- Fibre lasers are capable of cutting reflective materials without fear of back reflections damaging the machine. This allows copper, brass, and aluminium to be cut without problems.
Direct diode lasers
Direct diode laser technology is the latest progress in the field of solid-state lasers. In this technology, several laser beams emitted from laser-emitting diodes of different wavelengths are superimposed using so-called beam combining techniques. Unlike fibre lasers, direct diode lasers do not include a brightness-enhancing stage, giving them lower optical losses and higher wall-plug efficiency. However, for the same reason, direct diode lasers are currently of lower beam quality compared to fibre lasers. Direct diode lasers at multi-kilowatt levels of power are commercially available and have been successfully used for sheet metal cutting applications.
What difficulties does reflection cause?
All metals are reflective to CO2 laser beams, until a certain power density threshold value is reached.
Aluminium is more reflective than carbon manganese steel or stainless steel and has the potential to cause damage to the laser itself.
Most laser cutting machines use a laser beam aligned normal to a flat sheet of material. This means that should the laser beam be reflected by the flat sheet it can be transmitted back through the beam delivery optics and into the laser itself, potentially causing significant damage.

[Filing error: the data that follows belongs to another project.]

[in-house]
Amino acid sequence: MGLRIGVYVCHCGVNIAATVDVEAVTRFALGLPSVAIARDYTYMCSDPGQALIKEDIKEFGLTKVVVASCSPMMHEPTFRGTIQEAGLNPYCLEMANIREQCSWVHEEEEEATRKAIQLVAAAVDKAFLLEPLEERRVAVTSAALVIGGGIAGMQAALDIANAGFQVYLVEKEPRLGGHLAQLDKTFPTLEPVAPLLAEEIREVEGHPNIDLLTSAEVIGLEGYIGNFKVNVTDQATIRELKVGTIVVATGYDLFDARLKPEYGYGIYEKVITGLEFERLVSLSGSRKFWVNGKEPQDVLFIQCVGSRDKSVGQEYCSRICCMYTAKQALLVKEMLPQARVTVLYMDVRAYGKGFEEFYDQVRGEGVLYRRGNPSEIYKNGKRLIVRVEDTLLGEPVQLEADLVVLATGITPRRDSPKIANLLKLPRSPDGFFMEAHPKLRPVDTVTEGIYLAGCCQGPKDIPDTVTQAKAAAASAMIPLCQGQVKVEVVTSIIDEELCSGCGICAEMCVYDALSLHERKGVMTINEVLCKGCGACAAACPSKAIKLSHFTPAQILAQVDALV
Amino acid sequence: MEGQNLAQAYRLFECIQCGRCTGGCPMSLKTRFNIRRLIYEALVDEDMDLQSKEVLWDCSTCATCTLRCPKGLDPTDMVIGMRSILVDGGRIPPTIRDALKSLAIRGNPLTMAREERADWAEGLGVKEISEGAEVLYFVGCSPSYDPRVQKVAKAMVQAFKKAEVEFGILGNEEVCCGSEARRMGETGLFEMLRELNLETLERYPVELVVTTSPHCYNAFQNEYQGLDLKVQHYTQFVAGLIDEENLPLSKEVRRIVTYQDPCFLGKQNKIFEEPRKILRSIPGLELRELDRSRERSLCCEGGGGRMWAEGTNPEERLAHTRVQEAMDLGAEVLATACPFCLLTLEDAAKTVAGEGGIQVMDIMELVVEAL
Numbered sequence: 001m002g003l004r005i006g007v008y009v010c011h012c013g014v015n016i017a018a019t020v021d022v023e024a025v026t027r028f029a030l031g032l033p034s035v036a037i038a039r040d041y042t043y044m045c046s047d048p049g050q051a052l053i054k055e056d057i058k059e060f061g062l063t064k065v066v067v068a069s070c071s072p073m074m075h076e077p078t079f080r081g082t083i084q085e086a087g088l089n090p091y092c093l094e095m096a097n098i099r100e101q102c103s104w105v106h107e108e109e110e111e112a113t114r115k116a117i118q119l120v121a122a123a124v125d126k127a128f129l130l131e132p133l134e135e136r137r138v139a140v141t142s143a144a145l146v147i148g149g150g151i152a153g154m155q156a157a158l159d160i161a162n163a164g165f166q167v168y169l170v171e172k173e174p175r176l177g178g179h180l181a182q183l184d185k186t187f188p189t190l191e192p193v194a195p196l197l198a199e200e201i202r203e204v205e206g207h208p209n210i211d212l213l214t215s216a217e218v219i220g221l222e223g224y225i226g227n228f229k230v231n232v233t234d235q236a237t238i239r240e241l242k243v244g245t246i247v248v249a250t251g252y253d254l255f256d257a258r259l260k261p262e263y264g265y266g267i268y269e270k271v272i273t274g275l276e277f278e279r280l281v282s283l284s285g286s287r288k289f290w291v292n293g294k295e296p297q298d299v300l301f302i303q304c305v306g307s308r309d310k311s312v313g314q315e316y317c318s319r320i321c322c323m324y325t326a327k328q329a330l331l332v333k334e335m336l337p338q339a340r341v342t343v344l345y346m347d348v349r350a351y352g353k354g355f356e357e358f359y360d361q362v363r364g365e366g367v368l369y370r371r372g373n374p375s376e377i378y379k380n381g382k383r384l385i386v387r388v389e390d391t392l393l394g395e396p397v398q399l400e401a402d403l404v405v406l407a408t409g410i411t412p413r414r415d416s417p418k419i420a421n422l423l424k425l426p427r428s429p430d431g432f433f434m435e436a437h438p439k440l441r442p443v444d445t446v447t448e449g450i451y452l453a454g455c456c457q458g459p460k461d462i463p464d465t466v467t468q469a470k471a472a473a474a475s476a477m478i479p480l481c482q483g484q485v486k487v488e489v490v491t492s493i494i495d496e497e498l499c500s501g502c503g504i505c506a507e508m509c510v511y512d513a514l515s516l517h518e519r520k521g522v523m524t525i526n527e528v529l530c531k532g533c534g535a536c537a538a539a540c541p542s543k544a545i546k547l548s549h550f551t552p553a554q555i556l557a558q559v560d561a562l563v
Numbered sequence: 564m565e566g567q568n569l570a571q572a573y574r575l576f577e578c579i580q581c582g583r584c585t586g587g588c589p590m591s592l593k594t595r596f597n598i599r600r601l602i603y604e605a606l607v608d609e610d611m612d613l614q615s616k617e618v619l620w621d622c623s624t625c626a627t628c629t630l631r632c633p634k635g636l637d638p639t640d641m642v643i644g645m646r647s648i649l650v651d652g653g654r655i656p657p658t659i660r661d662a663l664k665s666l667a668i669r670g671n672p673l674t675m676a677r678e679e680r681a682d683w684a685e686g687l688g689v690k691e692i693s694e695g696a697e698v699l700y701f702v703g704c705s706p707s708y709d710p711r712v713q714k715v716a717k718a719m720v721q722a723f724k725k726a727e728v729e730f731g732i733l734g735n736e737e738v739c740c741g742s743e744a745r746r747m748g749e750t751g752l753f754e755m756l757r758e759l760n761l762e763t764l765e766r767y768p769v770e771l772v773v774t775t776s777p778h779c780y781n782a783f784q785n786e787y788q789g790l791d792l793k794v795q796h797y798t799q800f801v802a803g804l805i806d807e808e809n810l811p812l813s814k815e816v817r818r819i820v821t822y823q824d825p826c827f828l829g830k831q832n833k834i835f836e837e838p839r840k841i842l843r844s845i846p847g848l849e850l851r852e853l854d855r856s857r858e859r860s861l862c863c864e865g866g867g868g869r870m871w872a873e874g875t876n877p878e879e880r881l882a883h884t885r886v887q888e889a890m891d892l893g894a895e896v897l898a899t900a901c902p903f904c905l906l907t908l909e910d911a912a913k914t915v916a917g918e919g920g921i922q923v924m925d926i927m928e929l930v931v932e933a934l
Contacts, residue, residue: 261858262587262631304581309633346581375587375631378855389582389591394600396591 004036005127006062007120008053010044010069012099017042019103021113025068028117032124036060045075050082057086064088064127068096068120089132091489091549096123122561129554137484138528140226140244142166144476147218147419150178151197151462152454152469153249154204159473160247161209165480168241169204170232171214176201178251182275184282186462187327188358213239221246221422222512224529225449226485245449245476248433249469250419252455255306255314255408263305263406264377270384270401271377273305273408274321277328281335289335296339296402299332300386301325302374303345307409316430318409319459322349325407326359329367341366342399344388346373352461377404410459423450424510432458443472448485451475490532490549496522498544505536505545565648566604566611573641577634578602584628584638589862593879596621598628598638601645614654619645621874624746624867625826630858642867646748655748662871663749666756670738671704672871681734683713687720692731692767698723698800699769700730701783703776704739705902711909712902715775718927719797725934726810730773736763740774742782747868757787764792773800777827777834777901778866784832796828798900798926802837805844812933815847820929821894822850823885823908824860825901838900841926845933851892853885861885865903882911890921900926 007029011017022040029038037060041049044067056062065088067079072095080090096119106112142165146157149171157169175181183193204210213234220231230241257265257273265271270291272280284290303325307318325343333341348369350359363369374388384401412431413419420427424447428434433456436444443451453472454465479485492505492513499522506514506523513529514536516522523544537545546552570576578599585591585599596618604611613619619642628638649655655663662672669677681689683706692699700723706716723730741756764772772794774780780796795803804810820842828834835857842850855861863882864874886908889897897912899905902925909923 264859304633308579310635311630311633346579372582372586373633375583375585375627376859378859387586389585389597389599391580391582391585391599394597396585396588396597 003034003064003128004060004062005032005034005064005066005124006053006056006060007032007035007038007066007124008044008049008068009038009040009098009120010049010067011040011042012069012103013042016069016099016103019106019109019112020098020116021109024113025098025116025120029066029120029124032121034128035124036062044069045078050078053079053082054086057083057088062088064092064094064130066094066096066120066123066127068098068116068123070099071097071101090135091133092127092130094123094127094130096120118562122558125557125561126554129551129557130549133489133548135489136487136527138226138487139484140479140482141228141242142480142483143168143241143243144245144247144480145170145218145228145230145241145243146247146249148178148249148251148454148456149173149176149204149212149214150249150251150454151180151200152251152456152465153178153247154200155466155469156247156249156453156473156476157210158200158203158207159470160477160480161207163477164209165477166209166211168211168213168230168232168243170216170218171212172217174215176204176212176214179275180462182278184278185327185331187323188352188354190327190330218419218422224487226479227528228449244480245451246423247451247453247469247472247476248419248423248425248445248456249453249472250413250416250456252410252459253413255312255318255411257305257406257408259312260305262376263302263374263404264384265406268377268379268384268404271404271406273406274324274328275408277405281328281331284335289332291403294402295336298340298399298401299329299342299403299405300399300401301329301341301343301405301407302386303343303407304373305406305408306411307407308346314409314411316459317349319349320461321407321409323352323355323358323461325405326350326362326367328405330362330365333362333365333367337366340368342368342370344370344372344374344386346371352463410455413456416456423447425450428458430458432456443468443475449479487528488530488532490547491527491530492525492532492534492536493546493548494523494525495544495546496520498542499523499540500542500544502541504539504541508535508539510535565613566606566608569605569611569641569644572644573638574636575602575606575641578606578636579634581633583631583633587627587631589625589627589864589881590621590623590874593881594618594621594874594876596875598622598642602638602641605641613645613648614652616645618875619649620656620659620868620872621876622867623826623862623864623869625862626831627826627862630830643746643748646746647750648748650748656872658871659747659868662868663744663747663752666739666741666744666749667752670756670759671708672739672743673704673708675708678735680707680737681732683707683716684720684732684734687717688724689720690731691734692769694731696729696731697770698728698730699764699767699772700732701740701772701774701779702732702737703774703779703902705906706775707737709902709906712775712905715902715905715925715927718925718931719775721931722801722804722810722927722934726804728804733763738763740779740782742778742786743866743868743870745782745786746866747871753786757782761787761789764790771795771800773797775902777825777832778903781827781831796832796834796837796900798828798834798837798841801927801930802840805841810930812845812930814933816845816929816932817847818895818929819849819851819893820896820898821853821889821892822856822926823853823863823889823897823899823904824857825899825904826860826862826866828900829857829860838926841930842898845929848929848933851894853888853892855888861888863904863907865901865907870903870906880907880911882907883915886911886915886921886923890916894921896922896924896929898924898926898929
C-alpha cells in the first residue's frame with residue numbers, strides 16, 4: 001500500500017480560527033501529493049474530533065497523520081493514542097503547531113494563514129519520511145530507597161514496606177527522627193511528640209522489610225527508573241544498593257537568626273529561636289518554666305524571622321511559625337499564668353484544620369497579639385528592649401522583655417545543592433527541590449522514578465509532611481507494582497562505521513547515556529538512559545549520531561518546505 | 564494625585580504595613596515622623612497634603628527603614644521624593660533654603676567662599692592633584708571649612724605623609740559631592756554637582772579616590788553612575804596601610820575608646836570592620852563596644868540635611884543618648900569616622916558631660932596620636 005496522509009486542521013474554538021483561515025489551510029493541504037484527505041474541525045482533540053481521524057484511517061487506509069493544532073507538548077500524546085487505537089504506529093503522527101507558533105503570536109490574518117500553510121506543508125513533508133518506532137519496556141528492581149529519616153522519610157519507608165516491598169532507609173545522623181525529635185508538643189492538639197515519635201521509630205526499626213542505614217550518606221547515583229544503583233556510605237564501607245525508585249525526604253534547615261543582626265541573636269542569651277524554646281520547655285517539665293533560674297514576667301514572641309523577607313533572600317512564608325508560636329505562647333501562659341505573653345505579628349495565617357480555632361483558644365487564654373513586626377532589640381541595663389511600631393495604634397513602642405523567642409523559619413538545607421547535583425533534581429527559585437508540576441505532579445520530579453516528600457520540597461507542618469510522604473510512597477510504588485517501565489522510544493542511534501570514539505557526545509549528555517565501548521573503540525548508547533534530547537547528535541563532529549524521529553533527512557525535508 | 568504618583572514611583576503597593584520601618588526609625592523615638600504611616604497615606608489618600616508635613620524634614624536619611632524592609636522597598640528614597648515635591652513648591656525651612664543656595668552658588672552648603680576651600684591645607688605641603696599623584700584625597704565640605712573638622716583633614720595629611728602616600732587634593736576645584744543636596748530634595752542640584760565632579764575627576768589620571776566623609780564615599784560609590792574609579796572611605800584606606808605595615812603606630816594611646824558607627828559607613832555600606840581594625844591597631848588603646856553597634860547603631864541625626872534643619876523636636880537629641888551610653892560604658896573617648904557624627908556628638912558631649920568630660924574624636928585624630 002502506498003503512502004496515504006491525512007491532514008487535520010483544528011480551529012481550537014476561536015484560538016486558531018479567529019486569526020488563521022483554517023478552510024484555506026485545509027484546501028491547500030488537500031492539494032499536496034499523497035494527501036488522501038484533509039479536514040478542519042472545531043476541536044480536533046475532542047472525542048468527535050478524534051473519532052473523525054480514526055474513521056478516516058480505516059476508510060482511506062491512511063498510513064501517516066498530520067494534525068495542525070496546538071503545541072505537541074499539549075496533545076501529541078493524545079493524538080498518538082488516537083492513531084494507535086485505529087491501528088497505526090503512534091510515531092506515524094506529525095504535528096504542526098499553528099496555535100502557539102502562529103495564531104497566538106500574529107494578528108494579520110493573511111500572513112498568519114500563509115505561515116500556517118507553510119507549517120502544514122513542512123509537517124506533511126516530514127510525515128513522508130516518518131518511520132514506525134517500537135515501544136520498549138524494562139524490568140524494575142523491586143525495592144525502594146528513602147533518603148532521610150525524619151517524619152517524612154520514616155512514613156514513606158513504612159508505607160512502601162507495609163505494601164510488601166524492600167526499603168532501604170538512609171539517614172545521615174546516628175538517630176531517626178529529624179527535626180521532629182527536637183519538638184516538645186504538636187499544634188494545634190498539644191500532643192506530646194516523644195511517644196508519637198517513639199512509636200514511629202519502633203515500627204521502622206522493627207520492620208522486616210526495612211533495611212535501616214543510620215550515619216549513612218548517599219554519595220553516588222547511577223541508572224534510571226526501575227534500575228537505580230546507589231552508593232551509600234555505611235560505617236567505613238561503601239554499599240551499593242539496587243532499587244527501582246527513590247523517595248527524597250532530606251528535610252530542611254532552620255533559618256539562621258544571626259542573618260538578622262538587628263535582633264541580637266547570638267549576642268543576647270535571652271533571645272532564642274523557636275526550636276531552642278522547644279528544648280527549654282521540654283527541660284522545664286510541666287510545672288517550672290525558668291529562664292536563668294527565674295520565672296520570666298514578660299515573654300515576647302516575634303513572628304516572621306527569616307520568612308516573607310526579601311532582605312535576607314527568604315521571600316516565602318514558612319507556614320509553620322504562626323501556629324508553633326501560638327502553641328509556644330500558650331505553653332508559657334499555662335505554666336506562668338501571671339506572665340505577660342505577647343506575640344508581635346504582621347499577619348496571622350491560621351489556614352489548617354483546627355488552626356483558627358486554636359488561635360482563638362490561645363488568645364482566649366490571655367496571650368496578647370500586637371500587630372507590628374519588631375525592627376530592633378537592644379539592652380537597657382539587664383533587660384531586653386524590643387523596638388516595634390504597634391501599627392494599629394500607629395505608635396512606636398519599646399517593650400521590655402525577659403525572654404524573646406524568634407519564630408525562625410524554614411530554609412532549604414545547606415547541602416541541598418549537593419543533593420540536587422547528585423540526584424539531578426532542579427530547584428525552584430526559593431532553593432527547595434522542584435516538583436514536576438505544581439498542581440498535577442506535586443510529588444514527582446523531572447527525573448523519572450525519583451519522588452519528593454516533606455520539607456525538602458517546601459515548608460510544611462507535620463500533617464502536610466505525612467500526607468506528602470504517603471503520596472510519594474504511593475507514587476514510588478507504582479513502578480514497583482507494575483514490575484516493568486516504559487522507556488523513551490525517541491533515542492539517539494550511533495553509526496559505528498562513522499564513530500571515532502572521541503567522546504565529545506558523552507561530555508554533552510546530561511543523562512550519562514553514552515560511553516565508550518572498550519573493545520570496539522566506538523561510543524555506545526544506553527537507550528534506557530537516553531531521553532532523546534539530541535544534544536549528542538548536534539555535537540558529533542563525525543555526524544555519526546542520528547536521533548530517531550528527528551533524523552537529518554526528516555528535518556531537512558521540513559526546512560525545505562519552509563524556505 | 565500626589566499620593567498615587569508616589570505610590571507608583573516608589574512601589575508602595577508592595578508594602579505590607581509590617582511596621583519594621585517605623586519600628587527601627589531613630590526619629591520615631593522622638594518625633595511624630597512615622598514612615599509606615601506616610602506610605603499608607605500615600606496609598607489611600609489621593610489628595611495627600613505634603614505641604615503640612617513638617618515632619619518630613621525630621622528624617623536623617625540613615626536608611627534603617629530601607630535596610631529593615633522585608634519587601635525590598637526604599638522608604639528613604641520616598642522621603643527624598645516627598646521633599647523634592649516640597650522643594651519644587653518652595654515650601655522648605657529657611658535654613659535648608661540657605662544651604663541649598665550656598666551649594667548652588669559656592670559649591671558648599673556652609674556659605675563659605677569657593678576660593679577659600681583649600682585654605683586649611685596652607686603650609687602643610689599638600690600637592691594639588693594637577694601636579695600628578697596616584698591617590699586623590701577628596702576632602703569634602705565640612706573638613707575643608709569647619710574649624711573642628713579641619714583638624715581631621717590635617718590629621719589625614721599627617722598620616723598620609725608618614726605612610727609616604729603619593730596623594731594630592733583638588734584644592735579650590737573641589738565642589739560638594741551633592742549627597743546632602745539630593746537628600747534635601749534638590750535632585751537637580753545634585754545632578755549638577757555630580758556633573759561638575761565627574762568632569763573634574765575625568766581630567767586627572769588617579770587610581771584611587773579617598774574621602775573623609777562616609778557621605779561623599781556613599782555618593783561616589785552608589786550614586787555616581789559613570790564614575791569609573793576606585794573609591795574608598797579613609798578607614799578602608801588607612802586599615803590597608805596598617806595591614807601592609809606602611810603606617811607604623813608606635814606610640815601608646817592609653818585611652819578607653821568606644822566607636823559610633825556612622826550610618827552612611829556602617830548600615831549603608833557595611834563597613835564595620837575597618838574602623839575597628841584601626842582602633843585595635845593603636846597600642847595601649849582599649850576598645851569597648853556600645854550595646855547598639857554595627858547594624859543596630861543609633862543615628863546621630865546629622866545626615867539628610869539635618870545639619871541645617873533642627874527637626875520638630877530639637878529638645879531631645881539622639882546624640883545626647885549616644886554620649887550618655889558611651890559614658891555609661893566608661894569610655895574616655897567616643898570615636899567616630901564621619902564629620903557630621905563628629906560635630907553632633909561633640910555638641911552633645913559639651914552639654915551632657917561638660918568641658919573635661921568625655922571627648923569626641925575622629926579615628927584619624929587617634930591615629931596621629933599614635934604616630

This reflection does not come entirely from the sheet surface, but is caused by the formation of a molten pool which can be highly reflective. For this reason simply spraying the sheet surface with a non-reflective coating will not entirely eliminate the problem.
As a general rule the addition of alloying elements reduces the reflectivity of aluminium to the laser, so pure aluminium is harder to process than a more traditional 5000 series alloy.
With good, consistent cutting parameters the likelihood of a reflection can be reduced to almost zero, depending on the materials used. However, it is still necessary to be able to prevent damage to the laser while developing the conditions or if something goes wrong with the equipment.
The 'aluminium cutting system' which most modern equipment uses is actually a way of protecting the laser rather than an innovative technique for cutting. This system usually takes the form of a back reflection system that can detect if too much laser radiation is being reflected back through the optics.
This will often automatically stop the laser, before any major damage is caused. Without this system there are risks with processing aluminium as there is no way of detecting if potentially hazardous reflections are occurring.